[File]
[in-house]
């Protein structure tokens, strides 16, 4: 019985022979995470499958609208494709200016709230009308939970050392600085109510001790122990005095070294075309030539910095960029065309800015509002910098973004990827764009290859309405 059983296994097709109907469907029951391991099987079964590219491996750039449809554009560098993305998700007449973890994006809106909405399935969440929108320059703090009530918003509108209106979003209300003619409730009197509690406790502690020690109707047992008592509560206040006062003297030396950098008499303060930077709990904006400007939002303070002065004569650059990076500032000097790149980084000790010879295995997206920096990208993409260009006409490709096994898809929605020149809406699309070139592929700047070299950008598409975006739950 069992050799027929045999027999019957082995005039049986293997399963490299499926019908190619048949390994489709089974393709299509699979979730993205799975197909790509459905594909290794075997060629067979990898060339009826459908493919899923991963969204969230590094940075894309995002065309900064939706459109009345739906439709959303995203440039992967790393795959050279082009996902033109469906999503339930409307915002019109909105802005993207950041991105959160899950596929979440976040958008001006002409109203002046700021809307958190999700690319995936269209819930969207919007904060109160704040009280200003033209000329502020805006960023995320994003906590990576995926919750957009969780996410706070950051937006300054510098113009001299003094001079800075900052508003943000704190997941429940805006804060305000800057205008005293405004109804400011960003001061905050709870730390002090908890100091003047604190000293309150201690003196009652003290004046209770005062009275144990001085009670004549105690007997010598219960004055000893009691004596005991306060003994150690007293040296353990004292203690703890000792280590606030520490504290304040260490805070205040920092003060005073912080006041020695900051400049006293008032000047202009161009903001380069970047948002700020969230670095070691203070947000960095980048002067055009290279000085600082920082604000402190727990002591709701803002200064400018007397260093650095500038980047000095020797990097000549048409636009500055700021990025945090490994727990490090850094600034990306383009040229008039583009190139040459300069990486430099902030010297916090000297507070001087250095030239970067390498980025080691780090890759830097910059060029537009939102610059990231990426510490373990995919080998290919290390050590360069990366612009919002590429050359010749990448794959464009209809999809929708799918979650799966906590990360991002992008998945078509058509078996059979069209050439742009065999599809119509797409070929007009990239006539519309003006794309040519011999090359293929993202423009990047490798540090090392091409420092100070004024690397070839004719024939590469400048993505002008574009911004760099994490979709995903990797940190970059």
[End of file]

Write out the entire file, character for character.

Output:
[in-house]
């Protein structure tokens, strides 16, 4: 019985022979995470499958609208494709200016709230009308939970050392600085109510001790122990005095070294075309030539910095960029065309800015509002910098973004990827764009290859309405 059983296994097709109907469907029951391991099987079964590219491996750039449809554009560098993305998700007449973890994006809106909405399935969440929108320059703090009530918003509108209106979003209300003619409730009197509690406790502690020690109707047992008592509560206040006062003297030396950098008499303060930077709990904006400007939002303070002065004569650059990076500032000097790149980084000790010879295995997206920096990208993409260009006409490709096994898809929605020149809406699309070139592929700047070299950008598409975006739950 069992050799027929045999027999019957082995005039049986293997399963490299499926019908190619048949390994489709089974393709299509699979979730993205799975197909790509459905594909290794075997060629067979990898060339009826459908493919899923991963969204969230590094940075894309995002065309900064939706459109009345739906439709959303995203440039992967790393795959050279082009996902033109469906999503339930409307915002019109909105802005993207950041991105959160899950596929979440976040958008001006002409109203002046700021809307958190999700690319995936269209819930969207919007904060109160704040009280200003033209000329502020805006960023995320994003906590990576995926919750957009969780996410706070950051937006300054510098113009001299003094001079800075900052508003943000704190997941429940805006804060305000800057205008005293405004109804400011960003001061905050709870730390002090908890100091003047604190000293309150201690003196009652003290004046209770005062009275144990001085009670004549105690007997010598219960004055000893009691004596005991306060003994150690007293040296353990004292203690703890000792280590606030520490504290304040260490805070205040920092003060005073912080006041020695900051400049006293008032000047202009161009903001380069970047948002700020969230670095070691203070947000960095980048002067055009290279000085600082920082604000402190727990002591709701803002200064400018007397260093650095500038980047000095020797990097000549048409636009500055700021990025945090490994727990490090850094600034990306383009040229008039583009190139040459300069990486430099902030010297916090000297507070001087250095030239970067390498980025080691780090890759830097910059060029537009939102610059990231990426510490373990995919080998290919290390050590360069990366612009919002590429050359010749990448794959464009209809999809929708799918979650799966906590990360991002992008998945078509058509078996059979069209050439742009065999599809119509797409070929007009990239006539519309003006794309040519011999090359293929993202423009990047490798540090090392091409420092100070004024690397070839004719024939590469400048993505002008574009911004760099994490979709995903990797940190970059």